Despite being the largest minority group in the European Union, the segregation of this people, with their ancestral roots and culture, is still prominent on our continent. Thanks to the help of minister Jacques Bonnant Michel, we edge closer to four Roma communities in Auvergne, who still suffer the burden of discrimination.
The family is of French descent and nationality, made up of Rebeca, Dalila and Josueh. They belong to the 'community of French travellers' and live in caravans located in the village of Crouzol. The role of the woman is highly regarded within the community. 'The woman’s work is much harder than that of the man: they run the house, look after the children and go into the city if there is anything to sort out,' declares Josueh.
Two languages dominate; French and Manouche, and they have gone to school so they know how to read, count - some of them even write. 'Manouche is the language of the travellers,' says Dalila. Despite this, what worries them most is that their children learn to read and communicate well in French, so they are able to find work later in life. They are evangelists and are seem proud to be protected by a religion that gives meaning to their lives. They don’t tend to feel discriminated against, in fact it is the opposite: they admit to liking the lives they lead. Their message to the rest of the Europeans is quite clear: they wish them happiness for 2009.
Living in caravans
Mr Benoni lives in a community of caravans made up of people of French, Algerian and Manouche origins. 'What am I to you? A traveller? Because I live in a caravan?' asks Benoni. 'No, I’m French. There are also lots of French tramps who live under cardboard.' He’s aware of the existence of politicians who watch over the Roma communities; nonetheless Benoni believes that in the moments when he sought help, those he approached turned their backs on him.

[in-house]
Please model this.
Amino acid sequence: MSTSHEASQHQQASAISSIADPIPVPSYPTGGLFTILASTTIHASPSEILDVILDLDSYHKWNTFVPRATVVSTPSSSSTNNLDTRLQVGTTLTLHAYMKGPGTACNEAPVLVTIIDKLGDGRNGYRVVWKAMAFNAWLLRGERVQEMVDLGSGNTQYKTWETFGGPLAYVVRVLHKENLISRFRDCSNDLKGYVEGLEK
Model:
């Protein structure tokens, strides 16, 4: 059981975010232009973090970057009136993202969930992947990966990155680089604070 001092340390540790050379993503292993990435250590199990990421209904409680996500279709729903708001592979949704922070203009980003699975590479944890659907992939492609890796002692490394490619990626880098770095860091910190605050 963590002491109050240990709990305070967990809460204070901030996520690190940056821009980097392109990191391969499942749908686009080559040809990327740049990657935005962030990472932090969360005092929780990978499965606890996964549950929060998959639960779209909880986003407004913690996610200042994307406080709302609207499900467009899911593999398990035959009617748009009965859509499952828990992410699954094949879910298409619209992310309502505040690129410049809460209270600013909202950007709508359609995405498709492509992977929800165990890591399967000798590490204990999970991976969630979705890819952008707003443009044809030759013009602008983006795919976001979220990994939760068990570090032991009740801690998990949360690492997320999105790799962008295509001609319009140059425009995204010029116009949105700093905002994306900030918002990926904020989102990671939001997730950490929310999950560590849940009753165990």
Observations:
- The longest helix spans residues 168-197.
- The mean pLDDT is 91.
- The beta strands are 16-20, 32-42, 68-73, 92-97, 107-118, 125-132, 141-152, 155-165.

'There are also lots of French tramps who live under cardboard'
Because of this, religion has stopped being so important, as much for himself as for his family. Benoni confesses to having lost his faith completely.He rejects any thoughts of passing on religious values to his children: 'I don’t want them to believe in anything nor in anyone,' he states. 'So many bad things have happened to us in this life…'
The travellers originate from central Europe, from regions like the Alsace and Lorraine. They are also blacksmiths, and the numerous commercial contacts they have with other European countries, such as Italy or Spain, and even with China, demonstrate the cosmopolitan spirit of this people. They consider themselves to be French, but they cannot hide the German influence in their vocabulary and customs, like the tradition of offering us hot wine. If there is one worry for them, it is the future of the latest generation: 'It’s essential that they fight to get a stable job,' says Frederic Dettinger. In his eyes Europe’s best quality is solidarity.
This tarveller family of nine children have Felix Contreras at the head, and devote themselves to blacksmithing. He spent some time in jail, a period that is recorded by the tattoos that cover his body. Felix considers himself to be Spanish, French, Andalusian, European and above all, gypsy, although he confesses that he has only been in Spain once, and that was last year.
Felix considers himself to be Spanish, French, Andalusian, European and, above all, gypsy
Given his love of the guitar and of partying, Felix hasn’t hesitated a moment in dedicating a good repertoire of songs to us: accompanied by his wife, Maria, as dancer, and by his children Francisco, Noelia, Juanito and Esteban.